The following was written by former Chief Technology Officers of the U.S. Department of Health and Human Services.
As former Chief Technology Officers of the U.S. Department of Health and Human Services (HHS), we have seen first-hand the impact that thoughtful systems reforms can have on patient outcomes.
We have also all worked on organ donation reform, one of the very few issues that is so bipartisan that it has been supported by both the Trump and Obama Administrations. We are strongly motivated by data that show organ donation reform can save thousands of lives every year - as well as billions of dollars to the taxpayer - and help address racial disparities in our healthcare system.
The results of this discovery sprint make clear that reforms to governance, process, and technology can help thousands more patients receive life-saving organ transplants each year. Patients deserve the very best both from their government and from the government contractors tasked with managing the organ donation system.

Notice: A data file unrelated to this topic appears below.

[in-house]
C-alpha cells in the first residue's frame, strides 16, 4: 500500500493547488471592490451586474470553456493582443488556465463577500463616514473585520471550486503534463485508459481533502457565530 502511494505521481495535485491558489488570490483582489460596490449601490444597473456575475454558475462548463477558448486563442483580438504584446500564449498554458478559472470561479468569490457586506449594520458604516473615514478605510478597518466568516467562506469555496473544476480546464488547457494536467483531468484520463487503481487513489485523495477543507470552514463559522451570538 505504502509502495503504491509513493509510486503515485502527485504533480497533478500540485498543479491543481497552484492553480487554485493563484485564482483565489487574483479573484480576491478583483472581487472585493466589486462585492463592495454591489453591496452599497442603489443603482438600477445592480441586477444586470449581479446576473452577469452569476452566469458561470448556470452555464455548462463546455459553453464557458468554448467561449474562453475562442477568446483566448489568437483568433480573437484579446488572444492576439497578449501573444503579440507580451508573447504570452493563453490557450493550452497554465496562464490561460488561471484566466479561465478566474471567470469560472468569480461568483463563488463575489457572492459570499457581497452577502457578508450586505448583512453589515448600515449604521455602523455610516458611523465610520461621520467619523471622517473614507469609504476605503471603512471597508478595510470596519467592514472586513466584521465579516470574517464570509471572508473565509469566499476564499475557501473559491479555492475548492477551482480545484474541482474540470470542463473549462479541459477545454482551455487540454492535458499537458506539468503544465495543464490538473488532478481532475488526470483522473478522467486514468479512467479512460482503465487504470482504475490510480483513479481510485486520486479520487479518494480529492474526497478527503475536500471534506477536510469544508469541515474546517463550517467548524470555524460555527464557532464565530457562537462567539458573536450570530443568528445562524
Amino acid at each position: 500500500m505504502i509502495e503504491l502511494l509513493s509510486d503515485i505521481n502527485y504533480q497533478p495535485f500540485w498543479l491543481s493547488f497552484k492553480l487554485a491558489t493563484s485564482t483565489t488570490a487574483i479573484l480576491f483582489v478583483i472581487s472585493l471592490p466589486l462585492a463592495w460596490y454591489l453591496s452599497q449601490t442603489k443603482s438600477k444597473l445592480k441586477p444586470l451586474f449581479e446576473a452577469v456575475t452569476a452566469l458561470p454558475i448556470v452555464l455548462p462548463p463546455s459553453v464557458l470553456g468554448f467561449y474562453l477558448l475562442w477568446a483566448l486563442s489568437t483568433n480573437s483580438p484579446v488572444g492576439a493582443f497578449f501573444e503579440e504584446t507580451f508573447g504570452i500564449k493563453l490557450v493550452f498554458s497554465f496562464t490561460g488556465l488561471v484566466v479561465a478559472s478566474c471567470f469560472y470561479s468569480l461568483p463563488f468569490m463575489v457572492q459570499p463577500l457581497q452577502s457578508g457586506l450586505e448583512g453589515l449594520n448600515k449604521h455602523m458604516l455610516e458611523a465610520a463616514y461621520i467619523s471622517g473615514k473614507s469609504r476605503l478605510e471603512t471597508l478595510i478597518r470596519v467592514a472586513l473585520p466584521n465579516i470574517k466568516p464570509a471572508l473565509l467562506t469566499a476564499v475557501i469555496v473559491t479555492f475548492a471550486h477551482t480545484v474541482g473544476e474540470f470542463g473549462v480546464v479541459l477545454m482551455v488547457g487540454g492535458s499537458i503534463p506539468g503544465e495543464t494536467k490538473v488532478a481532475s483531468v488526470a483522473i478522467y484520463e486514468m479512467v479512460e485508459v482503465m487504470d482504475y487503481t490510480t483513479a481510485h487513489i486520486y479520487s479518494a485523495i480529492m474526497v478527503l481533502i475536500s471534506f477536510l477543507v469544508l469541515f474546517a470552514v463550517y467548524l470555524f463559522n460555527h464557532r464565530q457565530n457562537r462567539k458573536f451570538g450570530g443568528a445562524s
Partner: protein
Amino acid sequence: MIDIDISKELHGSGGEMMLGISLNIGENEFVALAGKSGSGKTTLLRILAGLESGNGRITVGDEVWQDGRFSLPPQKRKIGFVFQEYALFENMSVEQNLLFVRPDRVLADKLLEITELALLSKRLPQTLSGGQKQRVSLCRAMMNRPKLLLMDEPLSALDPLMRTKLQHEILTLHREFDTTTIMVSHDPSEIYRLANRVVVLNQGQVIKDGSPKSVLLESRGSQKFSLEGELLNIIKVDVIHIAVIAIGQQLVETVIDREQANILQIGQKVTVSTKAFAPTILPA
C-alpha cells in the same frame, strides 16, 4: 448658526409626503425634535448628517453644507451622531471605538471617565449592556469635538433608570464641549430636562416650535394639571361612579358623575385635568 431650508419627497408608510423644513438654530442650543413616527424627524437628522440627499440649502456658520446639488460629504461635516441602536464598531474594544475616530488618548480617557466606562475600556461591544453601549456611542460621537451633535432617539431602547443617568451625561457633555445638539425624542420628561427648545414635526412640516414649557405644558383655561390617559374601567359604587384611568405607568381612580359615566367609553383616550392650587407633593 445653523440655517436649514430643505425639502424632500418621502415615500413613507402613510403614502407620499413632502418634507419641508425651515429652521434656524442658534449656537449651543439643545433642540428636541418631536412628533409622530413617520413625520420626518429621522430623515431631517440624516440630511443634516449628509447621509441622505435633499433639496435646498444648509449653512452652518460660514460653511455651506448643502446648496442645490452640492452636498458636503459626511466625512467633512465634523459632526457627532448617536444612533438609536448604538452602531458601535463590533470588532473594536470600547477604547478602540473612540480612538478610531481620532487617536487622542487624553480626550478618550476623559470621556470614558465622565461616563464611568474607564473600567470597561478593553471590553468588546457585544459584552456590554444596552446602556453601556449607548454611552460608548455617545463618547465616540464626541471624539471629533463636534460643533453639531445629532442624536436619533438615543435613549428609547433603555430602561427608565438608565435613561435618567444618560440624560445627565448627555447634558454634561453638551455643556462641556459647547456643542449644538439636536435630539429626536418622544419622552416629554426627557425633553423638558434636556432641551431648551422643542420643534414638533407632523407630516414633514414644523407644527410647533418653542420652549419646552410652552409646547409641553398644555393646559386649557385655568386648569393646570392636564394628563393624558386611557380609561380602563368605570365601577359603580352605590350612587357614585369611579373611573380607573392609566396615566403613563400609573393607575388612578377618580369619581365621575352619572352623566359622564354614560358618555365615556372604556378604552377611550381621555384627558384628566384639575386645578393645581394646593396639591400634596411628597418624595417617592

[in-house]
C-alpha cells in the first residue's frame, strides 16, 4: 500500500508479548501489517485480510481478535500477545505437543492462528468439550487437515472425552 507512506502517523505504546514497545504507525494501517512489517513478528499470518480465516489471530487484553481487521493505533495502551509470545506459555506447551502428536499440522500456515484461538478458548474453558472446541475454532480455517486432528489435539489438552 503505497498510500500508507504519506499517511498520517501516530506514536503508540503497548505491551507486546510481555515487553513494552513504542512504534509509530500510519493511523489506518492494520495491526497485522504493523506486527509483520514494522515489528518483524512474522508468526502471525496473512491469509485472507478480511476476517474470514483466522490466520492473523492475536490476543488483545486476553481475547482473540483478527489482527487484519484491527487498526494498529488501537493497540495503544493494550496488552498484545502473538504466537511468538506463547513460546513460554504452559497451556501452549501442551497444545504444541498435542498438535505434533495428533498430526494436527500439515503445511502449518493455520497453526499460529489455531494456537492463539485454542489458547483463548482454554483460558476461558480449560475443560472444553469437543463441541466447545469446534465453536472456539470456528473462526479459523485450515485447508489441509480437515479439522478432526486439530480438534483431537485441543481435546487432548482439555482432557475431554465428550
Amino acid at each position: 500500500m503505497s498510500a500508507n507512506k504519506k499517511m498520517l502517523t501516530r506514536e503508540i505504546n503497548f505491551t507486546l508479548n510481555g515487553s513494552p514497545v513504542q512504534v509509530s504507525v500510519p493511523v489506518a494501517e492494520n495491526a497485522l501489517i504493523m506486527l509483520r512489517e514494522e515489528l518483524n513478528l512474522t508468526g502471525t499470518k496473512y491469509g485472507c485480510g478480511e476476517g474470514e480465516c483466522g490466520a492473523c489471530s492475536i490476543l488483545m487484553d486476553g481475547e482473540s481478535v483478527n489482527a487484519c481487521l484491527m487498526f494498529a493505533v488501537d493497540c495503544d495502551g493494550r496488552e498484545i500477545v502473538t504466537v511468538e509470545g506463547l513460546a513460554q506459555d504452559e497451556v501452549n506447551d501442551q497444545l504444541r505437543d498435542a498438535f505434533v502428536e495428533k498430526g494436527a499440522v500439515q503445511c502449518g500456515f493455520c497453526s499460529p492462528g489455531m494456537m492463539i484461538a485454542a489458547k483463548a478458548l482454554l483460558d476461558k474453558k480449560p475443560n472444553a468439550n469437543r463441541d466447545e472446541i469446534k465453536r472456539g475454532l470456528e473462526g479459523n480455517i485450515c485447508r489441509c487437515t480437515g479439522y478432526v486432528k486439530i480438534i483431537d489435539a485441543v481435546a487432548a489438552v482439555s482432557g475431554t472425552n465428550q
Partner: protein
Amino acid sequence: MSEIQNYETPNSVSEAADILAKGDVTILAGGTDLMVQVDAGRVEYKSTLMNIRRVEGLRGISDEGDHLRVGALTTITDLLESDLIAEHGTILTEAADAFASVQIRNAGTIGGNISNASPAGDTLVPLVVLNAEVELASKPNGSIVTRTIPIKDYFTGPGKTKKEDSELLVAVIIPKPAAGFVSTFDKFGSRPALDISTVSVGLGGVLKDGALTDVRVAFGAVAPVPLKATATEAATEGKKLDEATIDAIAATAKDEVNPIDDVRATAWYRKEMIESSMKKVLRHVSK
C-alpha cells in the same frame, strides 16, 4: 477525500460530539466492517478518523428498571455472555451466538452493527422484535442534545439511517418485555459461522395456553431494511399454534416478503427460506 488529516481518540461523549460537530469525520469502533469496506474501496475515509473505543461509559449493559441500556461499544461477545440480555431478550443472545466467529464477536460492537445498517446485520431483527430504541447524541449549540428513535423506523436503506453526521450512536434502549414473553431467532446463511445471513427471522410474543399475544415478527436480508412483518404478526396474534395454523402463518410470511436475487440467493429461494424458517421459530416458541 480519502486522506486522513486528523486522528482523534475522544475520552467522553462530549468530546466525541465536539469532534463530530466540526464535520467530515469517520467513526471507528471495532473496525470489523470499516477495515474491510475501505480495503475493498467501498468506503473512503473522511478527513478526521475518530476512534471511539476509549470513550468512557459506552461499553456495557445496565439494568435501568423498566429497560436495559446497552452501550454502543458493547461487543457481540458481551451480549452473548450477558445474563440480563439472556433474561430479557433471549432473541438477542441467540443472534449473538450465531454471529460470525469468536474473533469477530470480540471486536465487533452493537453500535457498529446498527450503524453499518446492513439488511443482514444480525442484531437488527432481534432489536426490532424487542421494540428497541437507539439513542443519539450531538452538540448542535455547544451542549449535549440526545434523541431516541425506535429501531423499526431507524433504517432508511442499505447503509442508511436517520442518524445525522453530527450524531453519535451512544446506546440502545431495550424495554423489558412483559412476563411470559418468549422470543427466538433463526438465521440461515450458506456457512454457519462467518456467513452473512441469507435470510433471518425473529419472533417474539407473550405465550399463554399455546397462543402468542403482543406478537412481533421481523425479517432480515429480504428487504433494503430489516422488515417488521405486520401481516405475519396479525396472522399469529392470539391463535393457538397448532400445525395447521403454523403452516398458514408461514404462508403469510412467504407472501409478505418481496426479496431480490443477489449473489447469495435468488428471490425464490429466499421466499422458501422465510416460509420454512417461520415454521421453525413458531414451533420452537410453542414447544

To realize that basic errors in process (e.g., contractors never showing up to donor hospitals) and technology (e.g., organ offers going to deceased patients) are preventing tens of thousands of patients from receiving transplants, highlights exactly where we should focus.
Patients deserve accountability. Proposed reforms from HHS, once finalized, coupled with Congressional oversight, can transform the system. As a patient care issue, an equity issue, and an issue of the best use of taxpayer dollars, policymakers have every reason to get this right. With this thoughtful set of recommendations, there is a clear path forward that will save lives.
HHS Chief Technology Officer, 2009-2012
United States Chief Technology Officer, 2012-2014
HHS Chief Technology Officer, 2012-2015
HHS Chief Technology Officer, 2015-2017
HHS Chief Technology Officer, 2017-2018
HHS Chief Technology Officer, 2018-2020
August 2023: An updated version of The Costly Effects of an Outdated Organ Donation System has been uploaded, which includes updated graphics and text clarifications, correction of formatting and grammatical issues, and correction of broken links.
Research supported by Arnold Ventures and Schmidt Futures in partnership with Organize and the Federation of American Scientists.